With the price of fuel hovering at just under $4 per gallon, companies with fleets of cars and trucks are feeling a pinch on their profits as they spend more getting their vehicles from place to place.
Truly the best way to limit consumption is to drive less, but that isn't always possible for many businesses. Small practices like limiting excess weight in a vehicle or keeping windows rolled up can make an impact over time, but often it takes more "big picture" thinking to make dramatic gains in fuel consumption.
Here are a few creative ways to change your business' operations with big returns.
1. Train your drivers to drive
Driving habits, such as how you start and stop your vehicle or how you shift gears, may seem like inconsequential habits when it comes to fuel efficiency, but bad driving can rack up enormous fuel bills. In fact, depending on its size, as much as 33 percent of a vehicle's fuel consumption is affected by how the driver operates it, Jason Mathers, project manager at the Environmental Defense Fund and author of a white paper on how truck fleets can reduce fuel consumption, says.
"We've all been in a taxi, and we all know that stereotypical bad taxi ride," Mathers says. "The more that your drivers fit that driving style, the more of a problem you have."
Mathers recommends teaching your drivers not to accelerate too quickly or slam on the brakes, as these habits consume gas quickly. Jonathan Byrnes, author of "Islands of Profit in a Sea of Red Ink" and president of Jonathan Byrnes & Co, a consulting company, says drivers need to be taught and reminded to drive steadily and know when to turn off a vehicle when at a standstill.
Additionally, both drivers and companies need to be aware of traffic patterns and the time of day when delivering a load or driving a vehicle, as many routing algorithms do not take these things into account. Avoiding heavy traffic and red lights will mean less starting and stopping.
If you've educated and reminded your drivers to drive in a more fuel-efficient way but it's not saving as much money as you'd hoped, try incentivizing the practice. If you have one driver per delivery or vehicle, you can track the miles per gallon used in a given amount of time. At the end of a week or month, offer a reward, such as a gift certificate, to the driver with the best MPG.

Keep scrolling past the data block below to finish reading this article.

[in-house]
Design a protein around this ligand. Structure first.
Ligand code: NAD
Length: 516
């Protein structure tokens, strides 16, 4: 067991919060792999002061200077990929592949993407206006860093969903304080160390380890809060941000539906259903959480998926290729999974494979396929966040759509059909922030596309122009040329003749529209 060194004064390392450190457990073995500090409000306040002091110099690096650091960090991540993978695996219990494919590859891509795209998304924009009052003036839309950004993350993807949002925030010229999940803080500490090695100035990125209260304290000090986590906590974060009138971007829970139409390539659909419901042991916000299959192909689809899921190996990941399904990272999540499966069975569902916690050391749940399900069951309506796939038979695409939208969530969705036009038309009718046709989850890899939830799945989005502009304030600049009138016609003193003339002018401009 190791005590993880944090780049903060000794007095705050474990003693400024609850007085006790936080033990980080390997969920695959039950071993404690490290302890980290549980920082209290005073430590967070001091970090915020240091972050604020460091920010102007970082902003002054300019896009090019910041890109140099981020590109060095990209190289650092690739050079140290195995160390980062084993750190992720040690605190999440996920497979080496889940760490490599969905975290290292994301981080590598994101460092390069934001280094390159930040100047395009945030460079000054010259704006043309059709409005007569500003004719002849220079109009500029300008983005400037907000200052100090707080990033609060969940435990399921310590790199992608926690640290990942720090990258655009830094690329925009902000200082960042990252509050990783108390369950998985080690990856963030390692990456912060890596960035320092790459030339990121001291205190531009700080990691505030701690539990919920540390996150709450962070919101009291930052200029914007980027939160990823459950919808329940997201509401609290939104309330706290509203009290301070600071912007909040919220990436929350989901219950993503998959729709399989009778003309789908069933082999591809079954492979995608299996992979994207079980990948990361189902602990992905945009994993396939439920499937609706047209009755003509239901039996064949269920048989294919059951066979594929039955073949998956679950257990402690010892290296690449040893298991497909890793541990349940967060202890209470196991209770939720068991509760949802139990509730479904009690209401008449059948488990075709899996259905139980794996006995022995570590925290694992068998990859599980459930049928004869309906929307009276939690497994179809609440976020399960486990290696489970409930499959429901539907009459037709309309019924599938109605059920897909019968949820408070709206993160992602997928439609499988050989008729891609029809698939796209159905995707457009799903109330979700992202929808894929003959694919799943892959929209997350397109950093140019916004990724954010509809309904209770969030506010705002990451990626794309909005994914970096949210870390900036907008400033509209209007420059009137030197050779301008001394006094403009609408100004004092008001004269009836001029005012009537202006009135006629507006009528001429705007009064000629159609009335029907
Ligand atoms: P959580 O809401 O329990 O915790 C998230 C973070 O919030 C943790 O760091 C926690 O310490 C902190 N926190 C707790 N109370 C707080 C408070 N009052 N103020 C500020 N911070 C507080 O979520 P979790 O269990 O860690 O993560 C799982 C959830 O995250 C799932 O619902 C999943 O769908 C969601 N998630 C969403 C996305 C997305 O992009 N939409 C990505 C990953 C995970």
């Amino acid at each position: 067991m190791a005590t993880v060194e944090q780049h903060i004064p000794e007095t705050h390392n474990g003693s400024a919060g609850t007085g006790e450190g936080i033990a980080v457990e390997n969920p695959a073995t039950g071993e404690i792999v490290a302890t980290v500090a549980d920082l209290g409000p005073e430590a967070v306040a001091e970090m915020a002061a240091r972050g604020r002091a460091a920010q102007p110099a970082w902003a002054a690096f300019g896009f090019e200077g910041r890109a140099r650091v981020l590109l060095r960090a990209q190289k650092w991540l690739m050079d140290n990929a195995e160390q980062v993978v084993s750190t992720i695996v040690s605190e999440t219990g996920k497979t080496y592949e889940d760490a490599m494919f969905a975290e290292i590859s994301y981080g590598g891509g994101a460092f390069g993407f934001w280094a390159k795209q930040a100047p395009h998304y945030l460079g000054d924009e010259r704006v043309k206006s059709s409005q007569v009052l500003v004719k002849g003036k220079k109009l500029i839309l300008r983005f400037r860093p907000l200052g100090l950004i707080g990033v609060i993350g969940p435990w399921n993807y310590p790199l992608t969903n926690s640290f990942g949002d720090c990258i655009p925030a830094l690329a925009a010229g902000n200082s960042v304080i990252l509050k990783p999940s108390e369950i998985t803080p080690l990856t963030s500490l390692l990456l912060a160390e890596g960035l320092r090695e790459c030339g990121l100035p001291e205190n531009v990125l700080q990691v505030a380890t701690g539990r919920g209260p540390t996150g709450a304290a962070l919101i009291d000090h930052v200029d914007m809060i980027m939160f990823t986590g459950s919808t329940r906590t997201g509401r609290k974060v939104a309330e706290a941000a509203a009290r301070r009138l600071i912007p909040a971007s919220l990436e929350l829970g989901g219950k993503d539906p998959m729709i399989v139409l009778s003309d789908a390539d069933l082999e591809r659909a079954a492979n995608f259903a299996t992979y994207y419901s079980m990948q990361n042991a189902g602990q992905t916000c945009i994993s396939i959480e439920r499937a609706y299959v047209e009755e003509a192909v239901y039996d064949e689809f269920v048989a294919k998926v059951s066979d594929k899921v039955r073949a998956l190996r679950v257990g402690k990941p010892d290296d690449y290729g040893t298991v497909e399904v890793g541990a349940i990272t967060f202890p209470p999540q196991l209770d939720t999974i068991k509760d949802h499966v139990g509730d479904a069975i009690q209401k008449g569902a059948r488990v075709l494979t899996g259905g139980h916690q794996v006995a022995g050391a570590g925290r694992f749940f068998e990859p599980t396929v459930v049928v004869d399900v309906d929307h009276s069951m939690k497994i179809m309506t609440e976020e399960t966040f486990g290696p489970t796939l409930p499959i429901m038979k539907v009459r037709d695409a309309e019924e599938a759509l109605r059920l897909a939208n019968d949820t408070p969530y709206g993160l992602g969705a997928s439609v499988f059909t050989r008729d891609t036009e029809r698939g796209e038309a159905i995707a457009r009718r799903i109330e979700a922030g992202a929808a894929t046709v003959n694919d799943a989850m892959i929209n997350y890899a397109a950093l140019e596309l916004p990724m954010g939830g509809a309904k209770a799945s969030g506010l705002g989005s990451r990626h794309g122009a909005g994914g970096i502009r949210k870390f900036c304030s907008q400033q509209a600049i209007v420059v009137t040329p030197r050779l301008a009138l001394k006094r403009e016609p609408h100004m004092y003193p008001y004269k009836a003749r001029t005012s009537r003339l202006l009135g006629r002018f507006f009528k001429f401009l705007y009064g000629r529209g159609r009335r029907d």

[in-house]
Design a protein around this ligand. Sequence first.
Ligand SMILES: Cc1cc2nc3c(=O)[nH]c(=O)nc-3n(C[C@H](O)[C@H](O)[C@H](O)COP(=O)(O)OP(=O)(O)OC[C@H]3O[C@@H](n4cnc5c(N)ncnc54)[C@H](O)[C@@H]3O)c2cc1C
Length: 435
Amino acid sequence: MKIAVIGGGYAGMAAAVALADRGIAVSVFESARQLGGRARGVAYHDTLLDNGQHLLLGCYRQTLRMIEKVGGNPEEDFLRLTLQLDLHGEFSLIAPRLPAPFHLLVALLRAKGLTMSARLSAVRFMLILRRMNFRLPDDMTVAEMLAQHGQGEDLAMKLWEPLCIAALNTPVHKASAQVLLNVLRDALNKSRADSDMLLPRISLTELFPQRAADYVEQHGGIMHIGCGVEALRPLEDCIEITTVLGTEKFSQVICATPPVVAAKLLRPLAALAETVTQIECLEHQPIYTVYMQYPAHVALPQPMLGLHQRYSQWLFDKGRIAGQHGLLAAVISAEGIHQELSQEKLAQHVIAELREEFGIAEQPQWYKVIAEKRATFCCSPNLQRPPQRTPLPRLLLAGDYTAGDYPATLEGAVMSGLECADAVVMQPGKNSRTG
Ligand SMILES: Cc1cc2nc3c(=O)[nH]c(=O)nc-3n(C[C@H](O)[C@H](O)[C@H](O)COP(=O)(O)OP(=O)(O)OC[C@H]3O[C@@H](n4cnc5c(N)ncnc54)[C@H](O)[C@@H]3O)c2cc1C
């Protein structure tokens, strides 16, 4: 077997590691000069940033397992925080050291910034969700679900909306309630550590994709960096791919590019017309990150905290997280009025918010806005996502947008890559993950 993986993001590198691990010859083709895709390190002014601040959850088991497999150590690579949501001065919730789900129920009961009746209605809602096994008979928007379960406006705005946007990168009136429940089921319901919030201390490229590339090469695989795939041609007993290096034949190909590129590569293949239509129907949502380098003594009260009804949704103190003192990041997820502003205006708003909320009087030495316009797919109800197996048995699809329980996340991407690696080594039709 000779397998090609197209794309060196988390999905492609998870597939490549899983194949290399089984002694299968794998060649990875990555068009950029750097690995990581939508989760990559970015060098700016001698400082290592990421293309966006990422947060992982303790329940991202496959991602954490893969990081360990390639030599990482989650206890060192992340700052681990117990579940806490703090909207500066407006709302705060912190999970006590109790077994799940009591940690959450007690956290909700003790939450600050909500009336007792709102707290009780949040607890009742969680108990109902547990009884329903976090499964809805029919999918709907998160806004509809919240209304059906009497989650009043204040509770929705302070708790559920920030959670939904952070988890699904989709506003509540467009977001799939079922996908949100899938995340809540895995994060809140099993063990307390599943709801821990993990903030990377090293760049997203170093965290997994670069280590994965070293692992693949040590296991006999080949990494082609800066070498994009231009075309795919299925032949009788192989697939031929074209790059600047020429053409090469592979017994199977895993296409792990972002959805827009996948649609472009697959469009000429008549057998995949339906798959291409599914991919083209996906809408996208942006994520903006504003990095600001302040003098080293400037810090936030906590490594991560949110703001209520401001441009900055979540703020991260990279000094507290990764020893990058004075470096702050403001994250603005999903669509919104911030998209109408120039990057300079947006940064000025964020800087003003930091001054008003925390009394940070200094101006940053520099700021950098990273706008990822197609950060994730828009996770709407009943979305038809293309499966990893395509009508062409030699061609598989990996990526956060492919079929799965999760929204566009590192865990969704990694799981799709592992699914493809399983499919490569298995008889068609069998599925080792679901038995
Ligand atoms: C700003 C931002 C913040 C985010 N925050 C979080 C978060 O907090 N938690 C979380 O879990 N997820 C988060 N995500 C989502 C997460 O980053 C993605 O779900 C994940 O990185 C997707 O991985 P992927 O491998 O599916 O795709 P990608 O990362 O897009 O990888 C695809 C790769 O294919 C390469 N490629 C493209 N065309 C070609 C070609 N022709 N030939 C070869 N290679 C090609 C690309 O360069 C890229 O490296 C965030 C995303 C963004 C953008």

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2. Slow down
The optimal speed for most trucks to drive and get the best mileage may be 55 miles per hour, but most drive much faster than that, Jan Fransoo, a visiting professor at the Massachusetts Institute of Technology, says.
Reducing a truck's average speed from 70 miles per hour to just 65, can translate into a reduction in fuel consumption by 6 percent, while reducing by another 5 miles per hour to 60 will give you an additional reduction of 7.5 percent, Fransoo says.
Christopher Jackson, national field coach for College Hunks Hauling Junk, a moving and disposal company, says the company encourages employees to slow down not only to save fuel, but because its vehicles act as advertisements. The bright orange trucks display the company's colorful cartoon logo and contact information for services.
"It's a billboard," he says. "We'd rather our guys drive a little bit slower to keep that billboard out there a little bit longer. That's part of our branding that inherently keeps our fuel costs down."
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3. Monitor idling
If your sales associates have turned their cars into an office or if your drivers are sitting in the air conditioning between deliveries, they're using an enormous amount of fuel — a quarter to a half gallon of fuel per hour or more to be exact, according to data from the U.S. Department of Energy.
Mathers recommends encouraging drivers to cut down on idling by finding other venues to do work and get out of the car, in addition to investing in telematics or GPS software to extract data from a vehicle's internal computer.